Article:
Researchers from Sylvester Comprehensive Cancer Center and Bascom Palmer Eye Institute at the University of Miami Miller School of Medicine have uncovered evidence that genomic aberrations in uveal melanoma that lead to metastasis may occur far earlier in tumor evolution than previously believed.
“Uveal melanoma is the most deadly eye disease in adults,” said J. William Harbour, M.D., associate director for basic research at Sylvester and vice chairman for translational research at Bascom Palmer, whose laboratory conducted the study published online January 9 by the journal Nature Communications. “It is defined by key genetic events, several of which we originally discovered, that lead to metastasis. Using the Pegasus High Performance Computing Facility at the University of Miami’s Center for Computational Science, we were able to show that these genetic events occur early and close together in molecular time. This implies that the metastatic proclivity of uveal melanoma is set in stone early in tumor evolution and may explain why advances in primary treatment have not improved survival.”
The findings fundamentally change our thinking about how this eye cancer progresses, said Harbour. It was previously thought that the genomic aberrations and associated metastatic risk accumulated slowly over time, but he and his research colleagues found that these aberrations appear to arise abruptly, around the same time. Harbour said this has profound implications for understanding why advances in primary treatment have not improved survival, and suggests that earlier treatment of a subset of high-risk small tumors with dangerous genomic aberrations may be necessary to improve outcomes.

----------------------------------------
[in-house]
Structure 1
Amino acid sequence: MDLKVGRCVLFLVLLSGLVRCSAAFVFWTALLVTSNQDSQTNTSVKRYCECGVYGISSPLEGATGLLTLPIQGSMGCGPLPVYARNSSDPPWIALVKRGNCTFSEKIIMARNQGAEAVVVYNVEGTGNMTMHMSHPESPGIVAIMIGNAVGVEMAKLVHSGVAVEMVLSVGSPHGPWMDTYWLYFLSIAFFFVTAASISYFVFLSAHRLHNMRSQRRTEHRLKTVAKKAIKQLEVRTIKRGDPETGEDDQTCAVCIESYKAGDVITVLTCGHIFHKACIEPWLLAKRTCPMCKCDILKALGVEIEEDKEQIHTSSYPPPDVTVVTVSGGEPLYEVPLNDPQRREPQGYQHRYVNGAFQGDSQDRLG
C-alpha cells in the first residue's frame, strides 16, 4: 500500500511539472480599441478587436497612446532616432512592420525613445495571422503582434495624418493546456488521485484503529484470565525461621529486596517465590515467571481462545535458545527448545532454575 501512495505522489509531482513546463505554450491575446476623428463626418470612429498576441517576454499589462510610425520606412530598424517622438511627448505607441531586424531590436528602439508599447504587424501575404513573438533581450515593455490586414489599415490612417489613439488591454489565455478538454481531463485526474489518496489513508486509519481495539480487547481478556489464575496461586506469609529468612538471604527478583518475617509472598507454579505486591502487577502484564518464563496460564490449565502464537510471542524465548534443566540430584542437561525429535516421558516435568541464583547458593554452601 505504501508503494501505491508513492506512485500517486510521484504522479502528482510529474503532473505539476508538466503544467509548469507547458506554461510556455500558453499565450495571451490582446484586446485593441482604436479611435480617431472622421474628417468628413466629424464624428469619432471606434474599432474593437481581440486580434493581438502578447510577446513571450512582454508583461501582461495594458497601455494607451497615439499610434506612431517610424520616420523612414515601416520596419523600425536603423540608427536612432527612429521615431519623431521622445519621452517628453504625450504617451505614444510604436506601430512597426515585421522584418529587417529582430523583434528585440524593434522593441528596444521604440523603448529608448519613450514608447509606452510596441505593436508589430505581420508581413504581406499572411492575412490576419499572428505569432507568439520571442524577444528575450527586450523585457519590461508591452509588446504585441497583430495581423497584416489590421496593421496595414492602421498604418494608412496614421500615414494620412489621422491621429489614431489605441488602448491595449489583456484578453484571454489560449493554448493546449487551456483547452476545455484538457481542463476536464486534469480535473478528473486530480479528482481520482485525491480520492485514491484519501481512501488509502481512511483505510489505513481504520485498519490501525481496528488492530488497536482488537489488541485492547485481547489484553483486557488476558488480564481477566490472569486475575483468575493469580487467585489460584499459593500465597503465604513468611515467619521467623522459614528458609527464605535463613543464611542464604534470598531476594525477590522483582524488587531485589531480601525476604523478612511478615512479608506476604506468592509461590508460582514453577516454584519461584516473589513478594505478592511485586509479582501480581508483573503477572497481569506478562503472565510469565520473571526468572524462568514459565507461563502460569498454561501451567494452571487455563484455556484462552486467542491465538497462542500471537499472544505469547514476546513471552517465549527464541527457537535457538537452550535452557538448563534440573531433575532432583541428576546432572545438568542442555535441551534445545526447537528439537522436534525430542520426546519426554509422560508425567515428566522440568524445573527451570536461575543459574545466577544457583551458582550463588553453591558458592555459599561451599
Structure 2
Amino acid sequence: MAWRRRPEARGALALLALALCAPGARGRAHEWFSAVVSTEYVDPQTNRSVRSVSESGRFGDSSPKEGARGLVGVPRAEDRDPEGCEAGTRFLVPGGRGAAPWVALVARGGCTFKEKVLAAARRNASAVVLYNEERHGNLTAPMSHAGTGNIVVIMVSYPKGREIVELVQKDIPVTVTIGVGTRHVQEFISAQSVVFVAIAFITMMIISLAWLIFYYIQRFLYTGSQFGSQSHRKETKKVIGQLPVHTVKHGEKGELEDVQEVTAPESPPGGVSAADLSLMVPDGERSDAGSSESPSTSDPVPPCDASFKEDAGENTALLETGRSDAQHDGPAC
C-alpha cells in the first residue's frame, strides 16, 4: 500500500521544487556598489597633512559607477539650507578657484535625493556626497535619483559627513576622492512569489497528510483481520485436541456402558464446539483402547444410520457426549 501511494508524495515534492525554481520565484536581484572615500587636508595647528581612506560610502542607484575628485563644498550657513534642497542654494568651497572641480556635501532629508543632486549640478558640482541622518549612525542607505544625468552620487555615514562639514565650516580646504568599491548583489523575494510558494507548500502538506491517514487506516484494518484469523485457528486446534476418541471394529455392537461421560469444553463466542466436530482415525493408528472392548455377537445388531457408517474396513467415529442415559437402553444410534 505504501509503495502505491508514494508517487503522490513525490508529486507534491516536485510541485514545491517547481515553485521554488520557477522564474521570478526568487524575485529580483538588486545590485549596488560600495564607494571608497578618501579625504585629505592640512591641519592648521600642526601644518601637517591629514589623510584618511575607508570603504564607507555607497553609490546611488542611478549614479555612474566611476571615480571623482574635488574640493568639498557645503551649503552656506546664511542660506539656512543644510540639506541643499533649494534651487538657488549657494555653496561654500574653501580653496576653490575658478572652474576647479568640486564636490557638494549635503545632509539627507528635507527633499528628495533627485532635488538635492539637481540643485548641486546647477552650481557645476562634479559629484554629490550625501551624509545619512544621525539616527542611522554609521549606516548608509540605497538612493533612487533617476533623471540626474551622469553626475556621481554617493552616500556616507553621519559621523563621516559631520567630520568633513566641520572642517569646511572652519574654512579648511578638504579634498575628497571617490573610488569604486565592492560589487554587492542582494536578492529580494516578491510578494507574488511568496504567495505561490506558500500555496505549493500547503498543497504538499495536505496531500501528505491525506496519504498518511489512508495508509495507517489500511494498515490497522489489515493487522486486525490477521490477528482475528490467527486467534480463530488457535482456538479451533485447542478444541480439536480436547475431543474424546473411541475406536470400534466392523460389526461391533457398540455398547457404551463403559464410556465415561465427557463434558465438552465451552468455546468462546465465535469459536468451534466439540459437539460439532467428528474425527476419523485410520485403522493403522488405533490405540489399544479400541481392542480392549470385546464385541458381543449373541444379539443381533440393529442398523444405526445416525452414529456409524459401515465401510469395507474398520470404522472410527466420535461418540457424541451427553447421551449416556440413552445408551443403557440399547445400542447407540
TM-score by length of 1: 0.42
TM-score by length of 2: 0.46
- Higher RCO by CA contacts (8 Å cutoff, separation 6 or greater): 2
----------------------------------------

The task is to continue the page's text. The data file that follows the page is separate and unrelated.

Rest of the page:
“This study is by far the largest to date analyzing uveal melanoma samples by next-generation sequencing, and the first to use sophisticated clonality bioinformatic techniques to elucidate genomic evolution in this cancer,” said Harbour.
The journal article describing the research findings, “Punctuated evolution of canonical genomic aberrations in uveal melanoma,” was co-authored by several medical and graduate students working in Harbour’s laboratory — M.D. students Michael A. Durante and Louis Z. Cai, Christina L. Decatur, M.D., Stefan Kurtenbach, Ph.D., and Matthew G. Field, M.S. — in collaboration with two researchers at the National Heart and Lung Institute at Imperial College London.
The next step, said Harbour, will be a five-year, 30-center NCI-sponsored clinical trial — the Collaborative Ocular Oncology Group Study No. 2 (COOG2) — to identify early biomarkers for uveal melanoma metastasis. The trial will examine how best to use targeted ultra-deep next-generation sequencing for these key genomic aberrations in the care of patients.